We are called angry Black women because we are not afraid of bare arms. We pay close attention to our arms, holding our children tight inside of them.
February is Black History Month and is no longer serving its intended purpose. It has turned into a mundane, meaningless and commercialized farce. Some folks pay only perfunctory lip service to the month.
As an old American Negro who lived through the 1960's civil right movement, I can assure Israel's racism-suffering Ethiopians of one thing: it gets better.
As 2011 came to its close, many of us watched the annual rituals at Times Square on our flat-screened televisions. Around the country, songs were sung and parties enjoyed, but I wonder how many of us or our children remembered that December 31st is Watch Night.
Extremely original, The Mountain Top is a story about Martin Luther King Jr. as an ordinary man, a man that the public may have never seen. We manage to see him not as an intangible, iconic figure in history, but as a sweet yet complex individual with flaws.
I was appalled by the Academy's egregious "oversight," omitting Goldberg from their Oscars retrospective. For the record, she has appeared in over 50 films.
Our families have seen us through many crises, but there have also been threats to black family stability and reports of black family breakdown throughout our history.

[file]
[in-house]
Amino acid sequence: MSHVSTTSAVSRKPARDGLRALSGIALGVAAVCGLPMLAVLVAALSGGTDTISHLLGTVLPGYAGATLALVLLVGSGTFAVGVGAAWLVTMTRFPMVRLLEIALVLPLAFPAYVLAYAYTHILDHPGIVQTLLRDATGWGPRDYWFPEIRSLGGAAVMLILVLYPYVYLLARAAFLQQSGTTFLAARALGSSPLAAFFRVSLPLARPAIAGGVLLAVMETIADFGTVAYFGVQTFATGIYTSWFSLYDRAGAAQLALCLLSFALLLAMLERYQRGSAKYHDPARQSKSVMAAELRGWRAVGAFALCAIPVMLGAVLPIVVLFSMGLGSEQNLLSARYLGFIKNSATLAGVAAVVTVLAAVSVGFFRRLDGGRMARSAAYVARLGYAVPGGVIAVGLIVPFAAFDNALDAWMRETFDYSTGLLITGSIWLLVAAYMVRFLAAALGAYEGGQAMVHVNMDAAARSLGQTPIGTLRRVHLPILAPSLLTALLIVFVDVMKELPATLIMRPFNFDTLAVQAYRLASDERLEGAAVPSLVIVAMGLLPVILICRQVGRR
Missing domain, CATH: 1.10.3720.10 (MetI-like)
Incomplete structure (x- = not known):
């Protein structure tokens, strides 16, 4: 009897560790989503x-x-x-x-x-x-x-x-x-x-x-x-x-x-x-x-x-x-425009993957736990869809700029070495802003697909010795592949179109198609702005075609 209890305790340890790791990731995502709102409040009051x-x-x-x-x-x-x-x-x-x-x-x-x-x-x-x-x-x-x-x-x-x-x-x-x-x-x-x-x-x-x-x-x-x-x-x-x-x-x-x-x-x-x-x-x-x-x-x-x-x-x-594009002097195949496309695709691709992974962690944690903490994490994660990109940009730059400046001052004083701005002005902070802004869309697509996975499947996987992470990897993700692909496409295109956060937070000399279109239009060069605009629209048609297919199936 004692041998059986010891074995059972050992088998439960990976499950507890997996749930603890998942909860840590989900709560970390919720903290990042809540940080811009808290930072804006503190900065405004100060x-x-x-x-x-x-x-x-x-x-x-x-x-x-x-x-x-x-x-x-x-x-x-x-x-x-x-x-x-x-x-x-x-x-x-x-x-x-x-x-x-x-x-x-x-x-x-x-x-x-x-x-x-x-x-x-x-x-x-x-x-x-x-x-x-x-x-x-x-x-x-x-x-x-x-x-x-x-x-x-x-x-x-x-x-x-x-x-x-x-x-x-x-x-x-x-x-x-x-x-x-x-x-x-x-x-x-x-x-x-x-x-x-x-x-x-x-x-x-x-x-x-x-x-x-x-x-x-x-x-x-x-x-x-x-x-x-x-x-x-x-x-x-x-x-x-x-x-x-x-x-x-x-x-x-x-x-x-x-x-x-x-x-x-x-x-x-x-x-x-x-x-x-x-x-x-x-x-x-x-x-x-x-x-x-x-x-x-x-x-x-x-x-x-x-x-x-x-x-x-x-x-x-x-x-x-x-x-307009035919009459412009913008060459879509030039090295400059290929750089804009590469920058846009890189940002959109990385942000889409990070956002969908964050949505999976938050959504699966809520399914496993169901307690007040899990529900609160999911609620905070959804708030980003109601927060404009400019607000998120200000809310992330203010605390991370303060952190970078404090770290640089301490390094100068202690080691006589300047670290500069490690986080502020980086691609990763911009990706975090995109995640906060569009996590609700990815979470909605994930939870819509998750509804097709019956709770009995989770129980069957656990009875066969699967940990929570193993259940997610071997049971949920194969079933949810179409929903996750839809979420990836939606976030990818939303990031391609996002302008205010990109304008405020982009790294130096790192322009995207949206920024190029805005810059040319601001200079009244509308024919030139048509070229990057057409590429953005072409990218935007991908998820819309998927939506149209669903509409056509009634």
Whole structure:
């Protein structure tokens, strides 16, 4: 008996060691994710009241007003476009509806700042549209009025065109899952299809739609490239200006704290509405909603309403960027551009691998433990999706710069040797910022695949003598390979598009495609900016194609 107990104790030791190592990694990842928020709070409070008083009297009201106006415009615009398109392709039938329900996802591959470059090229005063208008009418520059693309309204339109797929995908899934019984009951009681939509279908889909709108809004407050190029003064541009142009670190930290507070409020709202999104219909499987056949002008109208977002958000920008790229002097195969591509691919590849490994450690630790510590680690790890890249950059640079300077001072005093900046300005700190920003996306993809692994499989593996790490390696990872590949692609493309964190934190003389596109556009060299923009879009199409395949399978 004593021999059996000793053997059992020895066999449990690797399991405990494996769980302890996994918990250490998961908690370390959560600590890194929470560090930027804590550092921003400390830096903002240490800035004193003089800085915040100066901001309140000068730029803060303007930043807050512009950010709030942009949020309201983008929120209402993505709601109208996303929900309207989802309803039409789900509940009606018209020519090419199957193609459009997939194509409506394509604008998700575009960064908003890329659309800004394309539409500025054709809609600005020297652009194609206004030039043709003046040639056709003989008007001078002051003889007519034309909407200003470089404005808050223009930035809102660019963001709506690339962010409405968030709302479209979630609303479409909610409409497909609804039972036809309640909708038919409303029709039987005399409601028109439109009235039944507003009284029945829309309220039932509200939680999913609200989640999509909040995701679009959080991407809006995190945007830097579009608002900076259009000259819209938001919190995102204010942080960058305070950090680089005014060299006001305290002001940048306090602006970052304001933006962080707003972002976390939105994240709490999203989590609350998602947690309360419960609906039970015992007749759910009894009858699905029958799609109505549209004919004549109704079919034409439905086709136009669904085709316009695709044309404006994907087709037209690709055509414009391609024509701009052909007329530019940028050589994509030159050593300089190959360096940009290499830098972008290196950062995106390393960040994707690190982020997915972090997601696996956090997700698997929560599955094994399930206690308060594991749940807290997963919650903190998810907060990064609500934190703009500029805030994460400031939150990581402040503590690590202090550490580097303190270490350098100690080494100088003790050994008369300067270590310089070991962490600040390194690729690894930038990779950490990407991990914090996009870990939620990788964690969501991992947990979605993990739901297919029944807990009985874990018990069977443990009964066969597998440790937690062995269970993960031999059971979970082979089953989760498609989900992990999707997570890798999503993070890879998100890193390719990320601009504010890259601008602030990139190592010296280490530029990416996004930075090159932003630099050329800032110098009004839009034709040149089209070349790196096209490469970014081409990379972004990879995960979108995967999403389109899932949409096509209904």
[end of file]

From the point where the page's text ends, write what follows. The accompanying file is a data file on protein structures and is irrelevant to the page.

The leaders of today's civil rights movement are different. Many have attended majority schools and have grown up watching integrated Sesame Street on television.
Next time you're enjoying that discussion with friends about where you come from, just remember that most African Americans have no answer to that question.
The fact that we recognize Black History Month has enormous significance. This generation's challenge is to transform the opportunity to make change into a reality of social and economic justice.
Black History Month is an important yearly opportunity to accept our past, and more importantly, to learn to use it -- as warning, as inspiration, as knowledge -- to walk toward our future together, with our eyes wide open.
As our nation commemorates "Black History Month" it is fitting that we pay tribute to contributions of "elders" to our own nation's struggle for participatory democracy
It struck me as a microcosm of women's history in general -- the role models are there, we just don't know about them, or don't countenance them. But as I've said before, anchoring to our past ensures a more secure future.
Slaves revealed that Americans had a deeply flawed understanding of what it meant to be chosen by God. To be chosen does not bring preeminence, elevation and glory in this world.
I have a very personal love affair with Black History Month, and I've been encouraged by the stories of unbelievable bravery my mother and grandmother shared with me of their own experiences living in the Jim Crow South.
Every journalism class in America should include the story of the journalist Leon Dash. And as Black History Month comes to a close, let's celebrate the work and heart of this teacher.